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Today, readers are responding to Andrew Willis’s column Instead of lobbying for their Huawei ties, Telus and BCE should change the 5G conversation. Readers are also discussing increasing pressure from the United States for Canada to cut ties with Huawei in the wake of two wide-ranging indictments against the telecom company.

Open this photo in gallery:

The logo of Huawei stands on its office building at the research and development centre in Dongguan in south China's Guangdong province.Andy Wong/The Associated Press

Concern about Huawei has been in the news for years. BCE and Telus have courted the risk of installing Huawei product that they knew, or ought to have known, could be banned. They have wasted shareholder value. Their continued lobbying exacerbates the waste, and could lead to consumer resentment further worsening matters. If they spend a dollar on Huawei equipment tomorrow, it is another shareholder dollar put to known excess risk. - George Bay

After reading the Telus article in support of Huawei I sold all of my Telus and BCE stock. With their approach to Huawei and current earning multiples there is much more downside risk than upside. - Yolette Dorilas

I expect that a federal bailout for Telus and Bell will be the eventual outcome. I wonder why any subscribers would stay with them as long as they have Huawei equipment. - Toronto Bob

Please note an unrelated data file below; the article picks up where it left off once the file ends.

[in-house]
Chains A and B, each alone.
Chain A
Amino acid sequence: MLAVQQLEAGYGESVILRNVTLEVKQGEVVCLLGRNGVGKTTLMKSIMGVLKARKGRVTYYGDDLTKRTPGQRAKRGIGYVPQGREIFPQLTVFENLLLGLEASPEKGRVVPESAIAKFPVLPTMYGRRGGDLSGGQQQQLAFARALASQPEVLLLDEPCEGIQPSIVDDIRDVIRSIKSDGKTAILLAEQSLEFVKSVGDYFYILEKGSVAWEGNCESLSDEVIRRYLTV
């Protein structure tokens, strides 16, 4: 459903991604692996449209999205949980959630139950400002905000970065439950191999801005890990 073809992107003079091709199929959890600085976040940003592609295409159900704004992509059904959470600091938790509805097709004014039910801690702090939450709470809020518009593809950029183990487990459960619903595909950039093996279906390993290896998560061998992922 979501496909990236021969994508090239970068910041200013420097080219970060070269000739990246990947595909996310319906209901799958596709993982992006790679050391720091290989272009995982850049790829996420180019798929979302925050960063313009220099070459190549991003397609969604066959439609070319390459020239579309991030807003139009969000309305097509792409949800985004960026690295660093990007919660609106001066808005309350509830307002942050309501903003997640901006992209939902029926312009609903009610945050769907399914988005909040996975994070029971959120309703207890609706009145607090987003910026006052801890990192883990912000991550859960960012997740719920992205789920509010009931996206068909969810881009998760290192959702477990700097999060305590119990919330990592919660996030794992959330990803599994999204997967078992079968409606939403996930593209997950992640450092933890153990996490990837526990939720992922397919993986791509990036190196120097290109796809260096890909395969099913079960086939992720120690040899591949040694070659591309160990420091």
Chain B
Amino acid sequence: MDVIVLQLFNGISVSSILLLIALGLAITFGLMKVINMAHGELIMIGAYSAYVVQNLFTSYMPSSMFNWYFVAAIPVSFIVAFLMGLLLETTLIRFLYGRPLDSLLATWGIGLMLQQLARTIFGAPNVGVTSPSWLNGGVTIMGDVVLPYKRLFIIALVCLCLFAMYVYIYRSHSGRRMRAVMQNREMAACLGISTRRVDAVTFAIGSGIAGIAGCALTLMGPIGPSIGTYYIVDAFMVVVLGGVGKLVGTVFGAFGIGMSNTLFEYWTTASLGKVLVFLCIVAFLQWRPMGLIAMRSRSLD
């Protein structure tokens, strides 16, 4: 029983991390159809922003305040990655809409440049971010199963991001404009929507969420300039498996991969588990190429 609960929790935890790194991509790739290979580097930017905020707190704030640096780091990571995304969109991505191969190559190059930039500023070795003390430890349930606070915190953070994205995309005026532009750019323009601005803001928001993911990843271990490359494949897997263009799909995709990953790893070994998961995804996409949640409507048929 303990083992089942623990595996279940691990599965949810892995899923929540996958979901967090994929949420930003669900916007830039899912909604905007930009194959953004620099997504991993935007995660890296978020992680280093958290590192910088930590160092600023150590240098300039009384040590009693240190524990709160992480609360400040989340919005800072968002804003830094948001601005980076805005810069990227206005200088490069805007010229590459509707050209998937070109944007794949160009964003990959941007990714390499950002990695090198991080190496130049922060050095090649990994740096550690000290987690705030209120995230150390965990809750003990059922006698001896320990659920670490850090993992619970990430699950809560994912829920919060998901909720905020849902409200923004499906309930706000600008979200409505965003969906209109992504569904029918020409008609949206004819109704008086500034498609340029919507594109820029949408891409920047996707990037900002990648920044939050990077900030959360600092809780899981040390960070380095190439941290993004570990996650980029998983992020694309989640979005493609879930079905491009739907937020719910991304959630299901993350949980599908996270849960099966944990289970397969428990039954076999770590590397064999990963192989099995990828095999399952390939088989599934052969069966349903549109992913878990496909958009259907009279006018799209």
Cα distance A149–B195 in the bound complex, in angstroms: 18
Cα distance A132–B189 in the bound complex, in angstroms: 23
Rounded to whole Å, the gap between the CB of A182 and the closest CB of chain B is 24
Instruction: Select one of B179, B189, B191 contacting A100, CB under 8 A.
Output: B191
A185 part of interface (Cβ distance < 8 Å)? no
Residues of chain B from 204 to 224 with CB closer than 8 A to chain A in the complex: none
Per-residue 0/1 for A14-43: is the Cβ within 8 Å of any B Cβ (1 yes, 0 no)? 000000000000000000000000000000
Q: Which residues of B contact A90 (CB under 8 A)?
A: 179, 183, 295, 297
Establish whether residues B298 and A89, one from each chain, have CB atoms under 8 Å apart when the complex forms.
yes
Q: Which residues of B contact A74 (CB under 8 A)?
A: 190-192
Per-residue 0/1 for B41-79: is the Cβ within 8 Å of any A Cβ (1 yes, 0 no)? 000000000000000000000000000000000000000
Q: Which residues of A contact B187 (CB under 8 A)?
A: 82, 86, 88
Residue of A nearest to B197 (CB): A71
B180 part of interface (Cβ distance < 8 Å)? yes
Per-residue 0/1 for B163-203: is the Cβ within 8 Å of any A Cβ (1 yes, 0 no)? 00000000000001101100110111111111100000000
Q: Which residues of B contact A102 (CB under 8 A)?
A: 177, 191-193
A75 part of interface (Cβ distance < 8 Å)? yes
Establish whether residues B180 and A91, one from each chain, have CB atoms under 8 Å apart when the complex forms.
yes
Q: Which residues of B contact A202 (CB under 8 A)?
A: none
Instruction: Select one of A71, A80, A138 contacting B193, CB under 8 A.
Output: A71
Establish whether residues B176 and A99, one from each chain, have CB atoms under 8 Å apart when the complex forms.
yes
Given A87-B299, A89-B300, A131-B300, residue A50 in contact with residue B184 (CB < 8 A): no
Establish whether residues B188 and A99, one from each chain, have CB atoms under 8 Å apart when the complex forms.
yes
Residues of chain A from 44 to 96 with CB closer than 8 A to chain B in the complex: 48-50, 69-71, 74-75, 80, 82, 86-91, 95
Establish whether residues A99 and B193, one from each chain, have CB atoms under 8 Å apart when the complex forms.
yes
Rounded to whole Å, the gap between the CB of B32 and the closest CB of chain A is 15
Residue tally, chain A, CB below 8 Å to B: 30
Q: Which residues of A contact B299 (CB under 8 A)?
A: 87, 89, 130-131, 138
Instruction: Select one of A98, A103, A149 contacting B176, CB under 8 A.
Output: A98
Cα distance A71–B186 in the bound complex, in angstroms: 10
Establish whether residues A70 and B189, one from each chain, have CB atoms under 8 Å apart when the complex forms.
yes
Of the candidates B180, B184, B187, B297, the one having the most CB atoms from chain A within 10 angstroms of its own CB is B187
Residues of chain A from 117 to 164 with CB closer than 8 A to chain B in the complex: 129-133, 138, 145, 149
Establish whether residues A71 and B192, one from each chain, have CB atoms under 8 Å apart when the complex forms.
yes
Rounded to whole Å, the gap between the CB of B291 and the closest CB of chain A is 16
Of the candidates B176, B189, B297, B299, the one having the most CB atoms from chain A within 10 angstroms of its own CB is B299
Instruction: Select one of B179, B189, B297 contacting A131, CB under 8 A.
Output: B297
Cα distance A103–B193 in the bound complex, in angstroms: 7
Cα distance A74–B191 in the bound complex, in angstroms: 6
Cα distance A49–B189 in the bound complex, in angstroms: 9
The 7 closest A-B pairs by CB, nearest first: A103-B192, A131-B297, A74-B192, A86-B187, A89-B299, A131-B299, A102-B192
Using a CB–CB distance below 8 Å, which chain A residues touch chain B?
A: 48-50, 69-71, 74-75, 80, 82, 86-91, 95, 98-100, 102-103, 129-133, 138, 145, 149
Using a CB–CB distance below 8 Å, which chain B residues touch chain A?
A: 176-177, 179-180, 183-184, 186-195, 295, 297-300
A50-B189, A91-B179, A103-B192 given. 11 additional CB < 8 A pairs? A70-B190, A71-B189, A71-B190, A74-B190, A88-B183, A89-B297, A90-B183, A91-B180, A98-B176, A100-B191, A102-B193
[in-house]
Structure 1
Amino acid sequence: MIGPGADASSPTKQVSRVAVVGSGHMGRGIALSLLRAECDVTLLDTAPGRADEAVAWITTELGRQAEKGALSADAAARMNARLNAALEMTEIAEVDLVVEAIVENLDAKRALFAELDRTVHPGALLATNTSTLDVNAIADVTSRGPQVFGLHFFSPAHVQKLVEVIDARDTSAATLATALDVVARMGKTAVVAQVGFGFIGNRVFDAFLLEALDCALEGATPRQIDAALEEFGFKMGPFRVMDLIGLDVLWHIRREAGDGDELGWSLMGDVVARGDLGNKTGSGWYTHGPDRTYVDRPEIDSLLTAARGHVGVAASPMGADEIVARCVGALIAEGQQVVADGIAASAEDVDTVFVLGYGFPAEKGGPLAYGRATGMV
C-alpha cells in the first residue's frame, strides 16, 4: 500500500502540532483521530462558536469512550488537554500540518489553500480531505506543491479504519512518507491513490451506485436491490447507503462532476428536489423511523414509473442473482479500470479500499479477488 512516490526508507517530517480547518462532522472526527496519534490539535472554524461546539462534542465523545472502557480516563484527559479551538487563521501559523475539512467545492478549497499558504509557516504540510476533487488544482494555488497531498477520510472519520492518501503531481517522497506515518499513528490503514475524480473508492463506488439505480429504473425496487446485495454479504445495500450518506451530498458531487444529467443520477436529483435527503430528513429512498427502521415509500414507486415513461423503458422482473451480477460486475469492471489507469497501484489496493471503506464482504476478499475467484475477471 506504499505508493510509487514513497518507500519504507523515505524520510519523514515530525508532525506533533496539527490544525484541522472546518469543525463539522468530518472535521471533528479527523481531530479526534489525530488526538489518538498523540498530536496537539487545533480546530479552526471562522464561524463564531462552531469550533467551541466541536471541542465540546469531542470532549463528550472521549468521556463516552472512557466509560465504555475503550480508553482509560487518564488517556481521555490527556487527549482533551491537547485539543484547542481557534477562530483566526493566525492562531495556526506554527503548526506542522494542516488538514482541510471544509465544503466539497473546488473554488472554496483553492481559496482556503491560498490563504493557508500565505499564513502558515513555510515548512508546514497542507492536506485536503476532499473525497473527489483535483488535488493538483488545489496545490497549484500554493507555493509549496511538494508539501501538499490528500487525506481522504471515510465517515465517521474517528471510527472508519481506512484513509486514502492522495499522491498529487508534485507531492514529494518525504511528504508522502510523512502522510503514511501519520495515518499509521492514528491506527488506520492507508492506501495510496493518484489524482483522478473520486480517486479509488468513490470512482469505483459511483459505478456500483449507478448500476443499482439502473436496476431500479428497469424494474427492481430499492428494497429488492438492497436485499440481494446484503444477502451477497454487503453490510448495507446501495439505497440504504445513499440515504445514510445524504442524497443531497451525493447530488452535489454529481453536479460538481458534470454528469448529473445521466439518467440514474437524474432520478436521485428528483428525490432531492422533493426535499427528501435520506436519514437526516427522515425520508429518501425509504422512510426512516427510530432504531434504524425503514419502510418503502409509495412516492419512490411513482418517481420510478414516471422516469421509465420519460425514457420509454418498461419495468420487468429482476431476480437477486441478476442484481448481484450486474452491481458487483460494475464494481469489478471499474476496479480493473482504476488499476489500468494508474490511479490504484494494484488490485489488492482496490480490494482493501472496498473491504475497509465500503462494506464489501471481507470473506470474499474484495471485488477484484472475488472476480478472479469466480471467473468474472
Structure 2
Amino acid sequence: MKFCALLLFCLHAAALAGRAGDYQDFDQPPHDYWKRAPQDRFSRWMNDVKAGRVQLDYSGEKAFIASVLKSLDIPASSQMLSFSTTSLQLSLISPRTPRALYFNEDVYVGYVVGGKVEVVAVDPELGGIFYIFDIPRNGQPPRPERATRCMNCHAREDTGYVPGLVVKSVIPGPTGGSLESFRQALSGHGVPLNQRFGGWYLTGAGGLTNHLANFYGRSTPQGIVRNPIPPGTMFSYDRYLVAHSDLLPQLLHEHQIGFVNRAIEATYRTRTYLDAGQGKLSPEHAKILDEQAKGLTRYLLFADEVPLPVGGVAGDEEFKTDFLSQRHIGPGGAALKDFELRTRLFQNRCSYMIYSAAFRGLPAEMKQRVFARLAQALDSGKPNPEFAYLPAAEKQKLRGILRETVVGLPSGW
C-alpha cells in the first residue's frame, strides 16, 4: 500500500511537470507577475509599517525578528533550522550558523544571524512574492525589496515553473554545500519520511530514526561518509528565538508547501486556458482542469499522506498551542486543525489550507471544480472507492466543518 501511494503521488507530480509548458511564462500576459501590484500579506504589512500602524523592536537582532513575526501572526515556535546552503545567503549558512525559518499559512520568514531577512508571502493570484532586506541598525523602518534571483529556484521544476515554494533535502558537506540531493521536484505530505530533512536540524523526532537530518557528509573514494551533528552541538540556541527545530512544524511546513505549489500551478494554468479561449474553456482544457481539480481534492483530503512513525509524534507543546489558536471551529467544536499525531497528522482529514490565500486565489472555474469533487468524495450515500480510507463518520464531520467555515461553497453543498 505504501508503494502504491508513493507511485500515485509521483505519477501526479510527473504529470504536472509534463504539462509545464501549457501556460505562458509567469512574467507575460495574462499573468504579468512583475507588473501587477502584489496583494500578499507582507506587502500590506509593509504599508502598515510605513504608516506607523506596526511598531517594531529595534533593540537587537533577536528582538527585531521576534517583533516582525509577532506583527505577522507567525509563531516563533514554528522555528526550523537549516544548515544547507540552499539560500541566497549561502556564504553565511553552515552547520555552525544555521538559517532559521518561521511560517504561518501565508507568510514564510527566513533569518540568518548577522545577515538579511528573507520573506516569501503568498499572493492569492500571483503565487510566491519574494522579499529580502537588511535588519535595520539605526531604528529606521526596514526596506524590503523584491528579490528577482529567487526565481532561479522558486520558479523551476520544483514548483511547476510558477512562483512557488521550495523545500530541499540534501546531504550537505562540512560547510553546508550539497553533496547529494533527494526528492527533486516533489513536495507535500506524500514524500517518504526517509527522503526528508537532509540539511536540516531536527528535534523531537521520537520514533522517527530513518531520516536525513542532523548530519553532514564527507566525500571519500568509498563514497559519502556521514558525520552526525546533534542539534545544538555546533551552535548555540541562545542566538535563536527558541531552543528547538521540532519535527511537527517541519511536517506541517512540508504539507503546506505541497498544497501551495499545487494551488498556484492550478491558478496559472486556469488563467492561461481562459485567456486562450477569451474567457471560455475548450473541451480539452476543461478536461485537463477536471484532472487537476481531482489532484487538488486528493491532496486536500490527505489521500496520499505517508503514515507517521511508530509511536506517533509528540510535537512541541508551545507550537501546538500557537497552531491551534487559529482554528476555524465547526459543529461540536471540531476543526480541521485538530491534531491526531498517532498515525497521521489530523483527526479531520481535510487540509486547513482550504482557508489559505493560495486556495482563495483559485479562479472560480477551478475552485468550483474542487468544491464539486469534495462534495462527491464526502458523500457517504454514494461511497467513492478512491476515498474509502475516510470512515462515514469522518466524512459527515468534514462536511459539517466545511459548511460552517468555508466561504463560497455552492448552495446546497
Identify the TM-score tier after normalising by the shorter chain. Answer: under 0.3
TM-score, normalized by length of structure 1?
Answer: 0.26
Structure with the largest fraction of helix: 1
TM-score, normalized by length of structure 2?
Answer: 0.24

Until something actually happens, and then it’s too late, security is all about risk assessment and management. Given that Chinese companies are mandated to assist the Chinese government when requested, Huawei mostly definitely represents a risk. The next step is to determine the severity of the risk and what would happen of the risk is realized. Given that 5G technology will be used in secure situations, it seems that the risk is pretty high that Huawei would be asked by the Chinese government to assist them in espionage. Finally, what would happen if the Chinese government were to get its hands on confidential information from the West? That’s a political question, of course. The current Chinese government does appear to be inimical to the Western way of life and culture, but does it represent an existential threat to the West? I think not, but let’s not make things easy for the Chinese government. - R Rowat

I agree, Mr. Willis. Bell and Telus should see the writing on the wall and build a 5G network that Canadians can have confidence in. It is not realistic that these companies and any contractors that our security agencies hire will be able to detect all threats on the original installs as well as those that may be added in maintenance work, upgrades and patches. They don’t have the capacity to analyze every line of code.

Huawei and other Chinese companies and Chinese citizens must, under Chinese law, cooperate with Chinese espionage authorities. They could provide Chinese security agencies with all the source code for the software on the equipment, making it easy for them to hack the equipment here. How is that threat tolerable?

Allowing Huawei would make us look like the weak link among our allies. How would that play out in practice? Would traffic from Canada be segregated in some way for scrutiny? Some more reporting on this issue would be welcome. Beyond Huawei, any ban should consider other Chinese 5G manufacturers and any 5G components made for Western companies. The extent of the threat should be fully delineated so it can be contained. - res ipsa loquitor